Luthiers, is my thinking alright for this upgrade?

Discussion in 'Luthier's Corner' started by Da LadY In Red, Mar 14, 2005.

  1. Mods, if this is in the wrong forum, my apologies.


    Hey guys! Lemme getcha up to date. I have an OLP MM2 (Music Man Stingray copy). It's my first and I like it a lot, so I've decided to make it into a full fledged Stingray.

    I already have the Seymour Duncan Music Man Replacement pickup installed, however, it's now time for the preamp/tone circuit to go in.

    This is where I'm going to need your super luthier help.

    Given that the control cavity is far too small to fit either a preamp or a battery into it, I'm going to have to route somewhere. I'm planning on doing this routing in the spot right behind the pickguard.

    Preamp: 2" x 2 1/2" approx
    Battery : Length = 2 1/4"
    Width = 1"
    Depth = 1 3/8"

    This means in the cavity that I'm going to route behind the pickguard is going to have to be as the very smallest L = 2 1/2 W = 3" D = 1 3/8". These measurements are with no grace space and with the 1 of a few configurations. I'm not too sure if my bass is even going to allow 1 3/8" depth plus screws, so having the battery on its side, unscrewed might be an option. Please give advise on how the battery should be placed.

    From there, I will drill a hole entering into the pickup cavity, which has a hole that leads to the normal control cavity. This will allow the preamp's wires to connect to the capacitors/tone pots.

    Here's the next big option. If you would notice, my bass has an input, 2 volume pots, and a tone pot, the SD Music Man Replacements system (as well as the normal Stingray) has a 3 band EQ (a knob for each band of freq) and a volume knob.

    That means that I'm short of a single pot. I have the choice to either get a stacked bass and treble knob, or I could route in the side, making an input jack there, and replace the current input jack's space with the fourth knob.

    I understand it's relatively easy to go about putting a side jack providing I get a jack plate that covers over the routing, as opposed to being flush with the wood.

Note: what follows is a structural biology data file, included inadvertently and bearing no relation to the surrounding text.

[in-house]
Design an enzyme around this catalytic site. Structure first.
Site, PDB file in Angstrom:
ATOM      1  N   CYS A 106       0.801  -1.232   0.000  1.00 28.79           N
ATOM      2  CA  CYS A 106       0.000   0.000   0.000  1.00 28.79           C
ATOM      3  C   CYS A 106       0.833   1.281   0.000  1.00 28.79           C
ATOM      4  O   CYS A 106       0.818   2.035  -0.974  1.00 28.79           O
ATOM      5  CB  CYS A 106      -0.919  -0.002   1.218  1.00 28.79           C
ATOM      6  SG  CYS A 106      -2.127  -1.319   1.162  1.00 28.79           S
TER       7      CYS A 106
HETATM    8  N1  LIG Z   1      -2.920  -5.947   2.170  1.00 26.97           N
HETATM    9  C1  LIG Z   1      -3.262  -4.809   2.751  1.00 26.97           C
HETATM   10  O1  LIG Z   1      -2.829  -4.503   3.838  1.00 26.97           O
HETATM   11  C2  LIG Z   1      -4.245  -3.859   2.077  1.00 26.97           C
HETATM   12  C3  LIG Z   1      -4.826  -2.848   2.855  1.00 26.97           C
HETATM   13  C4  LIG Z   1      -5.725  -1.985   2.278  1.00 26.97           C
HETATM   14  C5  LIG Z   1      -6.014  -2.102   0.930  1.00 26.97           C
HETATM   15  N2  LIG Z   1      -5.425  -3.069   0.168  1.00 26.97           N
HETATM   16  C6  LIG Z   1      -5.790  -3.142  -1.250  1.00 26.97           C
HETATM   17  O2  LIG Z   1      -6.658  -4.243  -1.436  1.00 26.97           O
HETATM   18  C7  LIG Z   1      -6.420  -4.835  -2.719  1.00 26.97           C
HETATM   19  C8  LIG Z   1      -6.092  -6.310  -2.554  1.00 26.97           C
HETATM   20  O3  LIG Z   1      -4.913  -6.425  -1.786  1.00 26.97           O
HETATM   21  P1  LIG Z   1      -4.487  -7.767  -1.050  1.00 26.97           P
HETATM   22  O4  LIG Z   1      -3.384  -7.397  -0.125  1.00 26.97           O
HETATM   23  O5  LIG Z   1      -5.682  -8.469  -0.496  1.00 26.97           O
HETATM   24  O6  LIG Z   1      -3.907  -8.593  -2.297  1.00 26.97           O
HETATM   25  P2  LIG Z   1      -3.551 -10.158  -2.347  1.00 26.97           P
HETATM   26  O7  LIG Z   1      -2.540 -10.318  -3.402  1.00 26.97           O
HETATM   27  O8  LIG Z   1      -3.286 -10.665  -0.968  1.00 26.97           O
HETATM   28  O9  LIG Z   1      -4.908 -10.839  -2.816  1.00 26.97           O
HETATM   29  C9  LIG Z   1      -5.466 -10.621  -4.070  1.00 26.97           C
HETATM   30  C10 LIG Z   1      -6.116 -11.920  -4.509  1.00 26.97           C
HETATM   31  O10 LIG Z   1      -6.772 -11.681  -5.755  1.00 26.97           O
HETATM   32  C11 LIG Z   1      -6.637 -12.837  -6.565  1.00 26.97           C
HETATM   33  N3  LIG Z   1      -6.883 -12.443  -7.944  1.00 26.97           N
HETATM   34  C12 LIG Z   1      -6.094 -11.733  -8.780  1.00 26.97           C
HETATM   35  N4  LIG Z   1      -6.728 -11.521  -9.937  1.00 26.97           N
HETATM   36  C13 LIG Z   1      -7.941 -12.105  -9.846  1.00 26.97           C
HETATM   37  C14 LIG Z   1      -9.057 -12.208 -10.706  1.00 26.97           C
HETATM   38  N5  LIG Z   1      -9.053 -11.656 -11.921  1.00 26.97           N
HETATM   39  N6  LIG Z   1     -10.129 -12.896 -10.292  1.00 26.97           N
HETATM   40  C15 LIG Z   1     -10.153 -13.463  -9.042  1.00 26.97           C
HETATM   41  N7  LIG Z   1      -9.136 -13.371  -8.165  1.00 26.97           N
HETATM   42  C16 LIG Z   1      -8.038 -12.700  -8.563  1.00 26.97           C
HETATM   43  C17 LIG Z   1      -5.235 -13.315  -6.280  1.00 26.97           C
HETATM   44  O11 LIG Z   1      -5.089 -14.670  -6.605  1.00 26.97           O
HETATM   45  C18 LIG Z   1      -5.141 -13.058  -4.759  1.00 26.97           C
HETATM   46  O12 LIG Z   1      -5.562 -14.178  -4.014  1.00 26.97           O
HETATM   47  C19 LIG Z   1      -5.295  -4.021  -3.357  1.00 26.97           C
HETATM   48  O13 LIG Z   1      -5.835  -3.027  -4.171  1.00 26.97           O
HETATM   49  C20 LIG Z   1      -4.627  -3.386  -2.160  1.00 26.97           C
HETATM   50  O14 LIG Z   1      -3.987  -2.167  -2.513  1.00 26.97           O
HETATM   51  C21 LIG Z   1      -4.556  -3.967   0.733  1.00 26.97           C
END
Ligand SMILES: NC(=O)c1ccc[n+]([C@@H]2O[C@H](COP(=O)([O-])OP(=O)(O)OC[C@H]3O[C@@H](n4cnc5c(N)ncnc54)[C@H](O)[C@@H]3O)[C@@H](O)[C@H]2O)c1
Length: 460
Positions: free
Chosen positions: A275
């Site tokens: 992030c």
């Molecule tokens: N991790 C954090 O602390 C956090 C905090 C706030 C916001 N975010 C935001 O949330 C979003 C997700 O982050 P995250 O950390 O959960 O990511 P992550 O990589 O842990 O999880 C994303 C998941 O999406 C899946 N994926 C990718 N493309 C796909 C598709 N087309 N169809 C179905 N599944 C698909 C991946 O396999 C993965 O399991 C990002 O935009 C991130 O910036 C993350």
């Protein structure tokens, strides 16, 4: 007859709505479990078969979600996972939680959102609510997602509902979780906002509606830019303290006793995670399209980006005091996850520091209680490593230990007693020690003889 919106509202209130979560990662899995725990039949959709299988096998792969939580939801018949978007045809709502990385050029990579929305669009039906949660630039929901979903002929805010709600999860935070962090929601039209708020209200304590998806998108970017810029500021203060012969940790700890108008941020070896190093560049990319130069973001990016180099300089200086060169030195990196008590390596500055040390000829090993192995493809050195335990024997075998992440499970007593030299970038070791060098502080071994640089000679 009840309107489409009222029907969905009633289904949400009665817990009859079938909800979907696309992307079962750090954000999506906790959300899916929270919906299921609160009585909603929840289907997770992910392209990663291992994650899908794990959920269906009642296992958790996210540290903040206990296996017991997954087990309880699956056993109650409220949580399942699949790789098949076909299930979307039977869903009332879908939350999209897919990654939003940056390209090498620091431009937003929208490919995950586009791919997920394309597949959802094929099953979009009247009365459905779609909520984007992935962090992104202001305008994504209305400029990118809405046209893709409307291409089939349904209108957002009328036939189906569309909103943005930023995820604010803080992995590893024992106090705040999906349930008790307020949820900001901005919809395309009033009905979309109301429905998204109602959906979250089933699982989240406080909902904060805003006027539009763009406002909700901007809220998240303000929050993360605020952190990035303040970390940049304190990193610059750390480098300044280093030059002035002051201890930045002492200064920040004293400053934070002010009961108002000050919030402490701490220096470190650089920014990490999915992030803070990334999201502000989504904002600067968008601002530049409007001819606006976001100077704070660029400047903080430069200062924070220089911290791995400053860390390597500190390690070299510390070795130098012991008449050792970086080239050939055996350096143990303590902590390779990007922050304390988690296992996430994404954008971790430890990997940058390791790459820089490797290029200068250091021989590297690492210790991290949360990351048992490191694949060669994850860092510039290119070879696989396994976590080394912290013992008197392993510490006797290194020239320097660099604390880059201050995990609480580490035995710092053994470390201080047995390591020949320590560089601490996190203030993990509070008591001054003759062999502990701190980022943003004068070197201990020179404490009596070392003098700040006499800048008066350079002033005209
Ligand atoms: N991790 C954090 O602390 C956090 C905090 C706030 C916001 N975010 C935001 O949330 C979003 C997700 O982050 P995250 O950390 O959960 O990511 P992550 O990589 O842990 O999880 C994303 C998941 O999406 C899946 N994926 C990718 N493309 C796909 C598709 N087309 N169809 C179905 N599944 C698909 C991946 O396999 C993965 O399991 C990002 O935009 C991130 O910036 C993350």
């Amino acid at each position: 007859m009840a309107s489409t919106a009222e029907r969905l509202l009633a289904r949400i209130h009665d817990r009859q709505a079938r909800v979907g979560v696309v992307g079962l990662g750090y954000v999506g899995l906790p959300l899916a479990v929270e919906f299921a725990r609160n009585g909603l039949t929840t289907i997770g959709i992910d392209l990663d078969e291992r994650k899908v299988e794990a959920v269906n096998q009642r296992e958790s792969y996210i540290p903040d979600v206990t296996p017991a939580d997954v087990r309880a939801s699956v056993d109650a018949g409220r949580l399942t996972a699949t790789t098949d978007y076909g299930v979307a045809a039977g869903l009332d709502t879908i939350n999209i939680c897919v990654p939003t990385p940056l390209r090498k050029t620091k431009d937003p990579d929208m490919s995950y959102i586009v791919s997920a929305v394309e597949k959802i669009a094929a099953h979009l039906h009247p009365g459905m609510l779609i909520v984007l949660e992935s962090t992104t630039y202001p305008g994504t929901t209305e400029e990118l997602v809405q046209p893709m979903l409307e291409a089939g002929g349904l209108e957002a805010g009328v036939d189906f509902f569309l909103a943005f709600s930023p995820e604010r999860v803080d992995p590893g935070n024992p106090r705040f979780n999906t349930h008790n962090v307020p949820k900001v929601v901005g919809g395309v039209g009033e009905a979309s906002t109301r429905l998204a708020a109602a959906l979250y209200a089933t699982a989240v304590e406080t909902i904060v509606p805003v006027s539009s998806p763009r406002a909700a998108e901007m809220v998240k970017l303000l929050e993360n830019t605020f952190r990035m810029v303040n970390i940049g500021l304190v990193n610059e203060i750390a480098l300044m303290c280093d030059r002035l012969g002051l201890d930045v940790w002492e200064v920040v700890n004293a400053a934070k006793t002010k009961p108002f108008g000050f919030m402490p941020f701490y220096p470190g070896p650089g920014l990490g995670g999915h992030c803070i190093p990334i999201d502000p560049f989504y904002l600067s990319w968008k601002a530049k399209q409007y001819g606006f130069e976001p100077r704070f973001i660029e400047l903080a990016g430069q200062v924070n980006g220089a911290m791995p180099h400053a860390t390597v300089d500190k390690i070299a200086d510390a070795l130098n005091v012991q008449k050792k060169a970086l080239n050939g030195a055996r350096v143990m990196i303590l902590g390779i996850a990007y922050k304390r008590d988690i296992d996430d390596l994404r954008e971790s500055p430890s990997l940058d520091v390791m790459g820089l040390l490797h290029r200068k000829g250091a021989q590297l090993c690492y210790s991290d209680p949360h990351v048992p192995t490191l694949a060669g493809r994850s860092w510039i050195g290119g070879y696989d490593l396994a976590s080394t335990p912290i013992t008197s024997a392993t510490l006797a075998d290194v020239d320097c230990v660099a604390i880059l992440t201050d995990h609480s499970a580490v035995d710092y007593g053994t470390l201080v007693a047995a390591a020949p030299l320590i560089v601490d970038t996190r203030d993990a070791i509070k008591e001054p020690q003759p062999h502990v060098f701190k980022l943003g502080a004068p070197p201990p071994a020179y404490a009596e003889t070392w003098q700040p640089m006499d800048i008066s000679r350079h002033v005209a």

For this, I believe one of the square side jack plates from Warmoth be used.


    Now here's for the specific questions.

    Will routing out the section under the pickguard decrease the weight of the bass in such a manner as to completely throw off the balance of the bass? The bass seems really decently balanced at the moment, and I'm worried that taking out all of that wood would take away some major playability, making it neck dive severely or whatever.

    Will having that amount of distance from the preamp to the control cavity, then to the pickup make any problems? I doubt it will cause a little problem if any, but it never hurts to ask.

    What would the best option for placing the battery compartment be? I should have the room to atleast lay the battery compartment up and down, but the screws might make that guesstimate a piece of crap.

    Will routing the input jack be a big issue? I believe it needs to be done, but if anyone could share there experiences on making a side jack, please do!

    Now in general, do I have the right idea? Any major/minor flaqs you can see?

    Sorry for the long post, but I like to go into a bit of detail considering how big of a deal this is to me. Thanks a ton for the help! Believe me, I REALLY appreciate it.
  2. Not likely. The weight of the small amount of wood you're removing will be in weighed in grams. Since the location is near the center of gravity of the instrument, this amount won't have any effect on the balance.

    Again, not likely. If you were running single coils, the extra length of unshielded wire could pick up some hum but you've got a preamp and a humbucker. Nothing much quieter than that.

    I'm an oddball so my approach would be to make a small shallow cavity under the pickguard just deep enough to hold the battery and it's lead placed on it's side. Then cut out a rectangular piece from the pickguard slightly larger than the cavity and put 2 screws in it. Voila'! a matching battery cover for the "under guard" cavity! Pretty slick.

    I do this all the time by using a copper plug for my mounting plate. Search in the "Basses" forum for "Jazzwick" for a pic of my approach. I just sink it into the side of the body with epoxy. After it sets up, I file it down even with the body and polish it up. Drilling for a side jack is fairly easy but I would use either a forstner bit or a spade bit to help with guiding the bit straight into the cavity. An alternate would be to use a Stratocaster style angled plug plate sunk into the back of the body - a newer approach I've seen and like a lot.

    You sound like you're thinking it out pretty well. No matter how you choose, you'll do well in the end.
  3. Skorzen


    Mar 15, 2002
    Springfield MA
    I put in one of those sd mm systems, and it had three knobs, bass/treble concentric, mid, and volume.